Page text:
by Mason Myers, general partner of Greybull Stewardship business investment fund
Big winners in technology often seemed to ignore revenue for a long time. Just focus on the product and the rest will follow is the religion of Silicon Valley. Google waited a long time before finding the auction model on search. The conventional wisdom on Facebook is that they didn’t focus on revenue forever. (Although I know an early ad sales person at Facebook, and they were trying to generate ad sales even when Zuckerberg was still in Boston.) Instagram sold for $1 billion with no revenue. Pinterest could care less about revenue, even now.
That may be fine for them, just like it is fine for Lebron James to not worry about scoring points in the first quarter. Everyone knows that Lebron and Pinterest can score points when they are ready.
For the rest of us, there is another philosophy that you should consider when starting your venture. Two excellent thinkers about business growth suggest driving to revenue, profit, and customers quickly (even if small). These are ideas from Clayton Christensen of the Harvard Business School and author and consultant Ram Charan.
In Christensen’s class at Harvard, he taught that large companies often wait for large business growth projects with large profit potential and then make large investments that take a while to prove their return. A better way, he said, is for even large companies to require business growth projects to drive quickly to profits, even if very small. This kept the focus on creating value and proving the concept before too much money was invested in a losing proposition.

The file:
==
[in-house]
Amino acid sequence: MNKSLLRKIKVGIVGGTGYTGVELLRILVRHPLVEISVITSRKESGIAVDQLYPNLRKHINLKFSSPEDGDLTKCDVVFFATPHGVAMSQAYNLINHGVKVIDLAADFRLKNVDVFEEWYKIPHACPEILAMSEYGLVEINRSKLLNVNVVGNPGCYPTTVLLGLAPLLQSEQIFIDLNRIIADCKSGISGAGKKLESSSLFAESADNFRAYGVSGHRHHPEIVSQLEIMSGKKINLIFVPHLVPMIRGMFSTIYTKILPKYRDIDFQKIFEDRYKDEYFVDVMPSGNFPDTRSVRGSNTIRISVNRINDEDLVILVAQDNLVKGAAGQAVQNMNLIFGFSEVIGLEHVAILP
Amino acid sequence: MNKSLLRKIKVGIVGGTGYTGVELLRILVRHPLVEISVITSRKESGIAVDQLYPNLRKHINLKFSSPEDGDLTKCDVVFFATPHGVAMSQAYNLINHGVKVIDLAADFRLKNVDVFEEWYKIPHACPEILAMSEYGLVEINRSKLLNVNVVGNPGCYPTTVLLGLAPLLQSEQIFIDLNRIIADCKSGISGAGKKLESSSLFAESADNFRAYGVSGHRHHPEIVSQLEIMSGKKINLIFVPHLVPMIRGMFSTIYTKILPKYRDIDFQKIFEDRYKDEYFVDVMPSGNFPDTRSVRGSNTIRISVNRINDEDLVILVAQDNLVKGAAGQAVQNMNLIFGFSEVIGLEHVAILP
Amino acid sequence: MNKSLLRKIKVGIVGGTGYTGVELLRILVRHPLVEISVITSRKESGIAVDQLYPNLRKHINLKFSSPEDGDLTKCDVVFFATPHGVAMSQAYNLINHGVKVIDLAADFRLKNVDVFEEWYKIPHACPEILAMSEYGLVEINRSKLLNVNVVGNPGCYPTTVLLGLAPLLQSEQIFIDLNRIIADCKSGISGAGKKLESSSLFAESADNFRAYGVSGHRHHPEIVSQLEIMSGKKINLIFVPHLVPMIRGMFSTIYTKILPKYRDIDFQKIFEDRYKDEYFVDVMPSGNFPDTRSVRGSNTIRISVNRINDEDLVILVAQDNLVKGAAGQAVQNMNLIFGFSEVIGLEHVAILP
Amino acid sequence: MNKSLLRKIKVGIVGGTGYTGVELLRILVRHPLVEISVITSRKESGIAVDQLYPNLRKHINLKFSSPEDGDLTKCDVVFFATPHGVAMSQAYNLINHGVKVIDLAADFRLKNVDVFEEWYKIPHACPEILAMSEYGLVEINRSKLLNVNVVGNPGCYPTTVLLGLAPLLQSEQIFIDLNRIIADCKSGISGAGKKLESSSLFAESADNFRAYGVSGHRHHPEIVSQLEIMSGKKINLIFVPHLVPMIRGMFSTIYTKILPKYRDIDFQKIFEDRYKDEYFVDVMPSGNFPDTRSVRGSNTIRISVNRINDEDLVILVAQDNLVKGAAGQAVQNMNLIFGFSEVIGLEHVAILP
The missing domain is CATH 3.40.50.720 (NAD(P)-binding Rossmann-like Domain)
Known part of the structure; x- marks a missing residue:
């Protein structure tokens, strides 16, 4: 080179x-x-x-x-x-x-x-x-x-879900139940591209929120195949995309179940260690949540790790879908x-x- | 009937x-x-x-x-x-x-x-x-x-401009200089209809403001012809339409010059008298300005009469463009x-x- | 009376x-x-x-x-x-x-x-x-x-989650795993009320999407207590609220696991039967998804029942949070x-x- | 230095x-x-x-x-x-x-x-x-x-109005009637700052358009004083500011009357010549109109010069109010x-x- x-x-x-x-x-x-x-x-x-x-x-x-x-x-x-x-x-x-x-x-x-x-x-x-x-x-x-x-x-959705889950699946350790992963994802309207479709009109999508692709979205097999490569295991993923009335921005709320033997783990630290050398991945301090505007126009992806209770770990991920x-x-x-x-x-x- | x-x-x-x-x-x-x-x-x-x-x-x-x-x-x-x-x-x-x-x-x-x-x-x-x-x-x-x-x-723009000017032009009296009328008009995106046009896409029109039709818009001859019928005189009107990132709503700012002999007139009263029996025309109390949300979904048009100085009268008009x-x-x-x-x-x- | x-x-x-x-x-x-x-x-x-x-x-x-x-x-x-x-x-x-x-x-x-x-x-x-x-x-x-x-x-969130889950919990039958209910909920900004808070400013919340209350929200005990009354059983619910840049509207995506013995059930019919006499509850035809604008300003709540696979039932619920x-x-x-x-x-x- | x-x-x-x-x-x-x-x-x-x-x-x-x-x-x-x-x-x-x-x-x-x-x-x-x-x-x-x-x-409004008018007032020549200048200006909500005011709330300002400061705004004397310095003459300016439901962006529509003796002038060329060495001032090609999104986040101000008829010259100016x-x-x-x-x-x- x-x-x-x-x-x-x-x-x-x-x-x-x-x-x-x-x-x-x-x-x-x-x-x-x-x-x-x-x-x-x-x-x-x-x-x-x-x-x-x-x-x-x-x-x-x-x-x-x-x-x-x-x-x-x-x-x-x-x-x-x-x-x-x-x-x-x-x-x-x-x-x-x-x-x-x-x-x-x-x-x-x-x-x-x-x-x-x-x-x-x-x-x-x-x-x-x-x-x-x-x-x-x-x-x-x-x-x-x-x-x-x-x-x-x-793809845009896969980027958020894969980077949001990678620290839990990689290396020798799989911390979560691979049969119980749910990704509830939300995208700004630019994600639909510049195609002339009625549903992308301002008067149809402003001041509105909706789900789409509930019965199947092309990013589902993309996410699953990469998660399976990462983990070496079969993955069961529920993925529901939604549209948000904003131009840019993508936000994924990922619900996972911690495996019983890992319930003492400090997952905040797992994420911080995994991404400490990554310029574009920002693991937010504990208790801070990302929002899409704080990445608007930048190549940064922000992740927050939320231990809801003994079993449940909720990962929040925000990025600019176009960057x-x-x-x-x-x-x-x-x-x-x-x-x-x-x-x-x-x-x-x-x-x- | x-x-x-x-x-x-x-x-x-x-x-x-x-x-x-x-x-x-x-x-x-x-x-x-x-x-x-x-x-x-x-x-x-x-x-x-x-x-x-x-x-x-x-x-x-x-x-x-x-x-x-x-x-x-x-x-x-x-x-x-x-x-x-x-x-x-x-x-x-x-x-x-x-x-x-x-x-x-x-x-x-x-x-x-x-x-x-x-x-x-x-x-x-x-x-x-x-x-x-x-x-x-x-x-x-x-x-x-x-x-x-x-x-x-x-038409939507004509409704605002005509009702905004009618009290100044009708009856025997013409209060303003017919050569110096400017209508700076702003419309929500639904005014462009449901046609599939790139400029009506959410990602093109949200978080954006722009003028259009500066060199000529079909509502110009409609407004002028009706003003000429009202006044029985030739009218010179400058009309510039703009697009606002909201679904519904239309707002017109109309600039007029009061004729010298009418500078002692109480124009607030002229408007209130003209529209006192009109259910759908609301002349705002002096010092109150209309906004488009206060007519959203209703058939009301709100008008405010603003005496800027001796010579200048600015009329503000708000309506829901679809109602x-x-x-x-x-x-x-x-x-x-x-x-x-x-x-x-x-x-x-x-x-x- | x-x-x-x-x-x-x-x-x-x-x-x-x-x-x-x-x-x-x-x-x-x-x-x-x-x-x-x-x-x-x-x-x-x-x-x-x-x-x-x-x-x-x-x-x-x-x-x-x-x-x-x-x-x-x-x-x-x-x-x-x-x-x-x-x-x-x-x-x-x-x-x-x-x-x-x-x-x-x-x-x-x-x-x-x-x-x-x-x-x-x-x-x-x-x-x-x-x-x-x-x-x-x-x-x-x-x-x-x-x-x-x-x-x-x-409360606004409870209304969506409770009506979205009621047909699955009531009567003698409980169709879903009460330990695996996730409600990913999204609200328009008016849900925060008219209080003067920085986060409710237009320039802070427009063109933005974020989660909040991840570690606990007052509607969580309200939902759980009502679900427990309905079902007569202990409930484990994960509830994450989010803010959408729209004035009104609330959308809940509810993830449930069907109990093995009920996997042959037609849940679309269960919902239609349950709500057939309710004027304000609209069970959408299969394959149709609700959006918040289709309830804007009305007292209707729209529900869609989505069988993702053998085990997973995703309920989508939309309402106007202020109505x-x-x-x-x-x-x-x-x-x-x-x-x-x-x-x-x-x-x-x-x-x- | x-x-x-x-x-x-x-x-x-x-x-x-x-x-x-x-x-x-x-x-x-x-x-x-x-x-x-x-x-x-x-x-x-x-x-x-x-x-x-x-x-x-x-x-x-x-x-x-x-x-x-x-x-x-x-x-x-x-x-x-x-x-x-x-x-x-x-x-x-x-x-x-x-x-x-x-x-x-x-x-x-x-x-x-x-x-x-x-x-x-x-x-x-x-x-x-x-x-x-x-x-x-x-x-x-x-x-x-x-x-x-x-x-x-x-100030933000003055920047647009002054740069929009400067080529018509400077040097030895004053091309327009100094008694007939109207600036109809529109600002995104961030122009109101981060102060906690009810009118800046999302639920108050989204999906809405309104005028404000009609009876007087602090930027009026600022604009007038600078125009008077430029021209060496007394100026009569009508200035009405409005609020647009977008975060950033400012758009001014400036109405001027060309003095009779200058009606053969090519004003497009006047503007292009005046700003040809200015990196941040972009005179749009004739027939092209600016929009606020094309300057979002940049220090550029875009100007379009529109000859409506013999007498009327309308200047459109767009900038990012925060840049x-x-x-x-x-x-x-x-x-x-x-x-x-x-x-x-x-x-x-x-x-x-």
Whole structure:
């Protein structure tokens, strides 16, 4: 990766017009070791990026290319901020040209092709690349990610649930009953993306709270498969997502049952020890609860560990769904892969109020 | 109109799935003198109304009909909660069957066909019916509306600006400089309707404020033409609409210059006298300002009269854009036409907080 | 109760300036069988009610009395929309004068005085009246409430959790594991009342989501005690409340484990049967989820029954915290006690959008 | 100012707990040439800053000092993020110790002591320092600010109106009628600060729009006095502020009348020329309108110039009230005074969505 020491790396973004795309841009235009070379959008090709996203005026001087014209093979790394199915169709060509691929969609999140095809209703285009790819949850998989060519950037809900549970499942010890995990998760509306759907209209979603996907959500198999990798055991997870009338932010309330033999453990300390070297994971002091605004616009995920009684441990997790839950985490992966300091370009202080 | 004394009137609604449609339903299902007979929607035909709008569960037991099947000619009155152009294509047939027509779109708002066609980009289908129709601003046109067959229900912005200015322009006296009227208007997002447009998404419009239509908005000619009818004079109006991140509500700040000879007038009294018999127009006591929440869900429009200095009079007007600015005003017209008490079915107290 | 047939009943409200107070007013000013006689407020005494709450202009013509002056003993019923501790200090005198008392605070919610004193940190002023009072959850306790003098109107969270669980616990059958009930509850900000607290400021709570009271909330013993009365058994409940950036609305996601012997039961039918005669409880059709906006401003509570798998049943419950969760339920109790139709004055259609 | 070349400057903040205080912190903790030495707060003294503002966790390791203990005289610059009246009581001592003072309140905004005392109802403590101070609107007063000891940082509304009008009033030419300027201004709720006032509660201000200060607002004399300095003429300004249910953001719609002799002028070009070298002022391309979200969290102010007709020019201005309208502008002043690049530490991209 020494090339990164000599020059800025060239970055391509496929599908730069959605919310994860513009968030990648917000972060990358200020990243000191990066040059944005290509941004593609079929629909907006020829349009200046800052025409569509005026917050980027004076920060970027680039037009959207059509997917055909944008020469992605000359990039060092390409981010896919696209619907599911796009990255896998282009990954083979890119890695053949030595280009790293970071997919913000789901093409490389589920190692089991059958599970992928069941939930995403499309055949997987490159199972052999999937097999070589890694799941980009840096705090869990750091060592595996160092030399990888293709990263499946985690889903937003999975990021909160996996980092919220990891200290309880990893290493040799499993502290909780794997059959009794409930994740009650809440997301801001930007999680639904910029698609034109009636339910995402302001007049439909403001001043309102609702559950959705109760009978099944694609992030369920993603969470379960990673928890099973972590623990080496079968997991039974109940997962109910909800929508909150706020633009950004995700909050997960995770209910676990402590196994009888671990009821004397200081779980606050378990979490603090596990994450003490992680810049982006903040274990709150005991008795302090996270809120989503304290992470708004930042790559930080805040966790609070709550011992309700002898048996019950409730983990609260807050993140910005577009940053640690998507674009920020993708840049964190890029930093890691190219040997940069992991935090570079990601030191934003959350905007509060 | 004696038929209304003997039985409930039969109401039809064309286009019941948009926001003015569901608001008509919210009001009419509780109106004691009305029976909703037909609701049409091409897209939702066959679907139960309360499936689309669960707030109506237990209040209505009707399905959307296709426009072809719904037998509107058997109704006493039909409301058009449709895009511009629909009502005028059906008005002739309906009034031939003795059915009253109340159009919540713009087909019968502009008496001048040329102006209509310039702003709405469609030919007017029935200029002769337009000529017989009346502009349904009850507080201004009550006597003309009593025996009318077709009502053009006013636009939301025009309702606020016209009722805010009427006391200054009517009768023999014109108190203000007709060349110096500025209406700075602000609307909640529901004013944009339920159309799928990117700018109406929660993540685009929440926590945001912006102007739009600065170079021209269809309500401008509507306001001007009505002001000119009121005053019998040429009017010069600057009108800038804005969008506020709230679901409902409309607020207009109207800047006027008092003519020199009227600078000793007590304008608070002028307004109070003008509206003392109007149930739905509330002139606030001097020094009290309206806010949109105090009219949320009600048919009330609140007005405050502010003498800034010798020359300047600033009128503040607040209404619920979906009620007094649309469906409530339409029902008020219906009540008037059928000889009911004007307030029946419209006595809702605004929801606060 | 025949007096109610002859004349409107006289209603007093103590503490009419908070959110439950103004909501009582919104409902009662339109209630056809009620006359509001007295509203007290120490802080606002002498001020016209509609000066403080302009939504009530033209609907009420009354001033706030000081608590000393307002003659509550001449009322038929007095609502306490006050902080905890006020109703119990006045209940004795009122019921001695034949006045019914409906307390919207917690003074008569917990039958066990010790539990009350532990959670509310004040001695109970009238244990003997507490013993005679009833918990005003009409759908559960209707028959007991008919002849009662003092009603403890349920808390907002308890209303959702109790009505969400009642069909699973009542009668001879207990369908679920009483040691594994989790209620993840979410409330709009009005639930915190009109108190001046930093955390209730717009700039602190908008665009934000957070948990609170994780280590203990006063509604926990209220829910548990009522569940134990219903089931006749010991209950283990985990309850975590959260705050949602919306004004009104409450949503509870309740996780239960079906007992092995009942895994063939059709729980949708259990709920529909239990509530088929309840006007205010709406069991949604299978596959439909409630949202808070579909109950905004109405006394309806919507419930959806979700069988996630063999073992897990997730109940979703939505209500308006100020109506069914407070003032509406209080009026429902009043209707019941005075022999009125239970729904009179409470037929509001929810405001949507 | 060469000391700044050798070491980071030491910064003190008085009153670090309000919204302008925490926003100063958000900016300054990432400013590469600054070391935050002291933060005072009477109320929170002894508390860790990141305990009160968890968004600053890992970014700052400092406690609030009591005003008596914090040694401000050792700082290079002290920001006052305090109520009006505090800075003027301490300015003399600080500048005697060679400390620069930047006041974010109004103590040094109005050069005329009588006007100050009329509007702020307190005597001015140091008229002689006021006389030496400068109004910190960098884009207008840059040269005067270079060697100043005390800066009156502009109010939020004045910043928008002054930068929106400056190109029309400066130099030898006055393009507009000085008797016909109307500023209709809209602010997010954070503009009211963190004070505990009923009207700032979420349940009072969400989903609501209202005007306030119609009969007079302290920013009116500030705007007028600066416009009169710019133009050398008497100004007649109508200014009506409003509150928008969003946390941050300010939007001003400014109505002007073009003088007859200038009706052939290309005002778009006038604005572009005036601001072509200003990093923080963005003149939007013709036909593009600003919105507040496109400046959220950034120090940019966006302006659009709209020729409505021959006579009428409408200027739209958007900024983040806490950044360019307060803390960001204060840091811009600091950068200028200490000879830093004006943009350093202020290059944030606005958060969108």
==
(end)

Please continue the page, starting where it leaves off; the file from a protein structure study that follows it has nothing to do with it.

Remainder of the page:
Similarly, Ram Charan in his book Profitable Growth is Everyone’s Business suggests that every business growth project have a deadline to obtain a commitment from a customer within one hundred days. As he writes, “The one-hundred-day deadline is vital, because it forces everyone to immediately confront issues that can keep the team from succeeding…You do the best you can in the time available, you take what you have, a very rough prototype, and test it with customers.”
Small business growth projects with early revenue are valuable for many reasons:
- Revenue can be early proof of a concept.
- Even small projects may be able to be used elsewhere in the organization to increase their impact.
- Small revenue projects can become large revenue projects.
- Revenue can build upon itself from year-to-year, compounding the impact.
This reminds me of the Lean Startup concepts of prototypes that are just good enough and iterating quickly. In that case, the same concept applies toward getting engaged users rather than paying customers, but both concepts are advocating the value in launching something and beginning the give and take with the marketplace sooner rather than later.
What can you launch in 100 days that will give you data on where to take your startup? What customers can you get within 100 days? Trying to get early revenue and profit is great discipline for startups.
Greybull Stewardship Business Investment Fund provides business financing & funding sources in support of a company’s unique growth.
Mason Myers, general partner of Greybull Stewardship business investment fund, offers expertise on business financing & funding and business management on his business financing blog.